Antonio’s story began one sunny afternoon in a favela near Copacabana beach when he picked up a 9mm pistol. It ended with his 10-year-old friend dead on the ground. Antonio, 17, calmly told a Rio de Janeiro judge that the death of his friend Marlon was an accident. They had found the pistol under a water tank and were playing, he said, when “it went off.” Marlon was shot in the head.
“Had you used a pistol before?” the judge asked.
“Never,” Antonio replied, while his mother cried in the audience.
Antonio, who lives with seven brothers in the Cantagalo favela, has not attended school for two years. He’s been detained briefly for drug dealing, spent two weeks locked up for robbery, and now could face a more serious prison term. “Life in the favelas is like that. You have to pray a lot that your son doesn’t get involved in crime,” said his mother Vladereiz, 45, as she left the youth court in Rio, where AFP had rare access. She did not want her family name to be used.
The head judge, Vanessa Cavalieri, said that poor youths have been let down by government policies. Still, they have a choice of path, she said, and her job is to make them realize that.
In the waiting room outside the courtroom, there were a dozen other stories of young, mostly black boys who’d fallen through the cracks in favelas, the names for Brazil’s barely-regulated poor neighborhoods, which range from shanty towns to long-established working-class communities. Often too dangerous for police to enter except in military-style operations, favelas are places where children and teens are thrust into the frontline between ruthless drug traffickers and the heavy-handed law enforcement.
Lining up before the judge were youngsters accused of everything from possessing marijuana to mugging in the rich tourist zones and armed car theft. Eight adolescents were accused in the murders of two other kids in a detention center, hanging them with bed sheets. Among the public was the grandmother of one of the accused, a woman in her eighties who appeared confused by the proceedings and then almost fainted as she left.
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Crime’s Foot Soldiers
Street crime has been on the increase in Brazil’s second largest city since the end of the 2016 Olympic Games and the perpetrators are often disturbingly young — a phenomenon most famously explored in the 2002 movie “City of God.” Favela kids grow up surrounded by drugs and firearms, meaning an early death for some and trouble with the law for many others. Official figures from 2012 recorded that 1.9 of every 1,000 adolescents in Rio had been detained at some point.
Antonio, 17, calmly told a Rio de Janeiro judge that the death of his friend Marlon was an accident. They had found the pistol under a water tank and were playing, he said, when “it went off.” Marlon was shot in the head.
Sixty percent of young detainees are black, 66 percent are very poor, and more than half do not go to school and come from broken families, according to a study by the Instituto de Investigacion Economica Aplicada (IPEA). Of those detained in 2017, 41 percent were accused of drug dealing, 37 percent of robbery and mugging, 19 percent of causing bodily harm, and just under four percent of murder, said Degase, the correctional department for minors.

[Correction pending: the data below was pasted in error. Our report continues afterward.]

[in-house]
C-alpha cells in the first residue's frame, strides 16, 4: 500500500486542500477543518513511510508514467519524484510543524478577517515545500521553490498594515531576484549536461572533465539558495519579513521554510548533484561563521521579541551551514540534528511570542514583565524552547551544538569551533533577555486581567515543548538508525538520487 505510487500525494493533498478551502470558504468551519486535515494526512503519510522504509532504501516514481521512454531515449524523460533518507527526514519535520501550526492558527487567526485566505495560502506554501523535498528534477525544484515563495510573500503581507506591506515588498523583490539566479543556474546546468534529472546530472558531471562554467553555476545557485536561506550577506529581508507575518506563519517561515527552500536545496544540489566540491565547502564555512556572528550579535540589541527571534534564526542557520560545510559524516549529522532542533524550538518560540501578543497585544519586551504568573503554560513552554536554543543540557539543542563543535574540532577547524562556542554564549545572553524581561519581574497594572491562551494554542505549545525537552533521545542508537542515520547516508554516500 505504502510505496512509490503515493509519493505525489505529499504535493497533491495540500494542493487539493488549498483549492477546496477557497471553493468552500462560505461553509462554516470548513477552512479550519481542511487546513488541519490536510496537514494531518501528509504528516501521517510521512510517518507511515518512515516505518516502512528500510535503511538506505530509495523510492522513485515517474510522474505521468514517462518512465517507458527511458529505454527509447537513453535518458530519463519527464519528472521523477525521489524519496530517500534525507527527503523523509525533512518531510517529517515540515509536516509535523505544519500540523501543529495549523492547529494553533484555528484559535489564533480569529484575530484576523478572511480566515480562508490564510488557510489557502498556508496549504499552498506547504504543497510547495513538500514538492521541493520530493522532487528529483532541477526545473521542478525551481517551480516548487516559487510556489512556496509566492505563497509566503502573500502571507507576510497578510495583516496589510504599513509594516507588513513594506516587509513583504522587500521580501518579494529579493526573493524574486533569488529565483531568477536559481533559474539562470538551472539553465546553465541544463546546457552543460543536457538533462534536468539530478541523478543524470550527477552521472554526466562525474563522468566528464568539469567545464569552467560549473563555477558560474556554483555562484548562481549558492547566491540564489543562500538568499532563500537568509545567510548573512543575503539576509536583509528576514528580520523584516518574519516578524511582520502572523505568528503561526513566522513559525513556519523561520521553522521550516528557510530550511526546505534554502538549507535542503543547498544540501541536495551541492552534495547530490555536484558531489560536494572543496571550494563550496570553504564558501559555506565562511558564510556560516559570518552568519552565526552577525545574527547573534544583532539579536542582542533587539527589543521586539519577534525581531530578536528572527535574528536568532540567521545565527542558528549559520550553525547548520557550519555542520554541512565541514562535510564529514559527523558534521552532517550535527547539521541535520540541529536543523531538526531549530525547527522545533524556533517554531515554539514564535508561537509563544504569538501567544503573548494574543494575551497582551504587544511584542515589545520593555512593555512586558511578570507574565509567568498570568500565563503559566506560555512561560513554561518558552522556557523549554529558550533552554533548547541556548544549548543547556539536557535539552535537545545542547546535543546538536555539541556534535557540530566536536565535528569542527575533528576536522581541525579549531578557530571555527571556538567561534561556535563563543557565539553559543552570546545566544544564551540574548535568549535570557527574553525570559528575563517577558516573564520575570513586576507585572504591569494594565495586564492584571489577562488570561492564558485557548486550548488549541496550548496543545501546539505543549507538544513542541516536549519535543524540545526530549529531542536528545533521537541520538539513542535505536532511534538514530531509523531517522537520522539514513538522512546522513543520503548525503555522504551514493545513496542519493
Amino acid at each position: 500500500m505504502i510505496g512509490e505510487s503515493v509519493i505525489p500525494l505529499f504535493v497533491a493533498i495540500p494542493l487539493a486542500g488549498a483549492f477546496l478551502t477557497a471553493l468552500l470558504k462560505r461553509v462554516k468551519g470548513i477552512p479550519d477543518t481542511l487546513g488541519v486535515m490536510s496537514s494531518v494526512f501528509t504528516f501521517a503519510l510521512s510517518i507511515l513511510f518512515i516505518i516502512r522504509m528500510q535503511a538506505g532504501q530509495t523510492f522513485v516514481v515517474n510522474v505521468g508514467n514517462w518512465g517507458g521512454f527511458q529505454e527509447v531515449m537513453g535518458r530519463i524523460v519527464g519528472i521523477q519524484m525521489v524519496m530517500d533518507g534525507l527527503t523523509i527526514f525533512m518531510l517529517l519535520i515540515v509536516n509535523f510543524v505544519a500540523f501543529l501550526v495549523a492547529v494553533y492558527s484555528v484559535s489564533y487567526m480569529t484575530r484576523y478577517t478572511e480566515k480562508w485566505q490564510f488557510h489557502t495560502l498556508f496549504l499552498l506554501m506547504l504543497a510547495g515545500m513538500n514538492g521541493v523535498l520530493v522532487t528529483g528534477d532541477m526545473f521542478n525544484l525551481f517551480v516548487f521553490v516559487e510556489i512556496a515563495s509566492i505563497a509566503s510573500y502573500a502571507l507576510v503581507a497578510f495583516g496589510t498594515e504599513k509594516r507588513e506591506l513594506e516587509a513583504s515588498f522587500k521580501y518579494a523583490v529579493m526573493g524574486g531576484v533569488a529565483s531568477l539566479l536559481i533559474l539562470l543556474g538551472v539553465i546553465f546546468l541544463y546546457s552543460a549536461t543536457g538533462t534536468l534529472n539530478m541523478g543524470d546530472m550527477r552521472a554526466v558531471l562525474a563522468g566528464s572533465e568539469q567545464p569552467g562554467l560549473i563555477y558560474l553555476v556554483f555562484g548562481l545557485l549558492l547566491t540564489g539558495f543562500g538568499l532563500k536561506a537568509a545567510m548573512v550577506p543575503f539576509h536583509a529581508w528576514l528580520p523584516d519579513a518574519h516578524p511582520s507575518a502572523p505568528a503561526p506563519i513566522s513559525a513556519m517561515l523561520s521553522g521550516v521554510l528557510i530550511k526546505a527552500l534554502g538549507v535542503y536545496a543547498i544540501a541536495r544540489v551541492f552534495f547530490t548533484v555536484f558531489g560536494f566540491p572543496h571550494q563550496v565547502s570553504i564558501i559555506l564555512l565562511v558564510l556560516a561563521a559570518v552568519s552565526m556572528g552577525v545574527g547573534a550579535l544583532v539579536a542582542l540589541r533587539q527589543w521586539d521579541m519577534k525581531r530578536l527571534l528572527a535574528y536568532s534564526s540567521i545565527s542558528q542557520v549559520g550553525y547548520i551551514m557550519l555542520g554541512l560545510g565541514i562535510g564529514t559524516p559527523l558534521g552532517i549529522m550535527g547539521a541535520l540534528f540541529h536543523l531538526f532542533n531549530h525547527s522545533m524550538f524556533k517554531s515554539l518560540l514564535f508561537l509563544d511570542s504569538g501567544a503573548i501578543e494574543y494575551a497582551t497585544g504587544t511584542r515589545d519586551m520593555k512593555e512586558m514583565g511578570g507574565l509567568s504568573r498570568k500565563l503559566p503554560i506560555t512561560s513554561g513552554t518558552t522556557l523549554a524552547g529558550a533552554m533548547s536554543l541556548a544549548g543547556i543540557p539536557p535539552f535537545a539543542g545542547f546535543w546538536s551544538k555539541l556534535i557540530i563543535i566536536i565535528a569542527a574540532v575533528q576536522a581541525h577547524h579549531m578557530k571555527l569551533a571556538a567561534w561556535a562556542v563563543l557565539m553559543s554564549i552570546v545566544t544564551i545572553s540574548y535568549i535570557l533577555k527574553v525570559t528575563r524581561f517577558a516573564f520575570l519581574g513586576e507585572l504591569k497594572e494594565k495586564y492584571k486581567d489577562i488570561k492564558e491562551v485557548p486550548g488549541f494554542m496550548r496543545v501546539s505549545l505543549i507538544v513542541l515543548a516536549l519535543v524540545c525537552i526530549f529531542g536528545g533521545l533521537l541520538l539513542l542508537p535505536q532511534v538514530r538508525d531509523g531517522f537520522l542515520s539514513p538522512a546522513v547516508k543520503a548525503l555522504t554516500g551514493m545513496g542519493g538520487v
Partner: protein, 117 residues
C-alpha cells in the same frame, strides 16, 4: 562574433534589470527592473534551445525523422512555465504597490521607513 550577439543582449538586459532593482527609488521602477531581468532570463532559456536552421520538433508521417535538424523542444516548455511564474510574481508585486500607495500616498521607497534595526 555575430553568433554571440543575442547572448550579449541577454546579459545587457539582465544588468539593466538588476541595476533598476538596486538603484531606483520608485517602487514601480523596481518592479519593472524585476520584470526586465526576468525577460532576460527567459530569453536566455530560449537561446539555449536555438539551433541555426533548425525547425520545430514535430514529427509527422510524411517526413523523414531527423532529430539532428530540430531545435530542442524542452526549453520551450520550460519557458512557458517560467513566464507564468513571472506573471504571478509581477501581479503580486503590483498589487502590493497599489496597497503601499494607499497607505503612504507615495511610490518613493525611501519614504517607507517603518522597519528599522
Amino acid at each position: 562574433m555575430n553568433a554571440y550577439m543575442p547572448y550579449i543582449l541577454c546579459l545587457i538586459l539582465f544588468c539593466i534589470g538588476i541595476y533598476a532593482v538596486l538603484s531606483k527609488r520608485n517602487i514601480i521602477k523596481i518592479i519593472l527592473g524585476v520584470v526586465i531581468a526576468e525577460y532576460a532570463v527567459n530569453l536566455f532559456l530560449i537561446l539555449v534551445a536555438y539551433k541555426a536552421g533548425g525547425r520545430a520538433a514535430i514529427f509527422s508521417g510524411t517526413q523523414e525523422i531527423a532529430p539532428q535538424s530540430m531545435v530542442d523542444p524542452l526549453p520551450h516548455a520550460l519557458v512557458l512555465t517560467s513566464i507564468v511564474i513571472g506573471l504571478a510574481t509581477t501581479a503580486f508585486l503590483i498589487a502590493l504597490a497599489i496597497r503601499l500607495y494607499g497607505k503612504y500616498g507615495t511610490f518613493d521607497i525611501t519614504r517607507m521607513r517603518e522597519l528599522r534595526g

Many have fallen prey to the drug traffickers’ promise of quick money. Dealers like to use children because even if they are convicted, the maximum prison sentence applied to 12-18-year-olds is three years. One of those locked up, asking not to be identified, said he had left home at 14 and begun to “shoot” for the dreaded Comando Vermelho, or Red Command, which is Rio’s biggest drug gang.
Now just turned 18, he was at the juvenile court on charges of having stolen a car in the violent Rio suburb of Duque de Caxias. “We have few opportunities. We are from the favela and people treat us like animals,” said the young man.
The head judge, Vanessa Cavalieri, said that poor youths have been let down by government policies. Still, they have a choice of path, she said, and her job is to make them realize that. “I think early intervention by law enforcement is much more effective. Once they’re older it’s a lot harder to turn them back,” she said.
Favela kids grow up surrounded by drugs and firearms, meaning an early death for some and trouble with the law for many others. Official figures from 2012 recorded that 1.9 of every 1,000 adolescents in Rio had been detained at some point.
“When a youth is detained he loses the illusion that crime is good for bringing adrenalin or money and that he can do what he wants and get away with it. Many have got used to having no limits and here we show them that choices have consequences,” she said. However, about half of the kids brought before her are re-offenders. And when they pass through the often overcrowded, unhealthy detention centers they often have nobody to shield them from a return to their old life.
There are initiatives that seek to break the cycle, like “Young Apprentice,” which offers businesses tax breaks for hiring adolescents. However, there is considerable reluctance to hire young offenders. There are 300 adolescents ready to enter the program but the justice department and its subcontractors currently only hire 20.
One participant, 16-year-old Emilio, who was arrested for robbery, said the opportunity would make him “a new person.” Some, he said, turn down such a chance, “discrediting all of us.”
© Agence France-Presse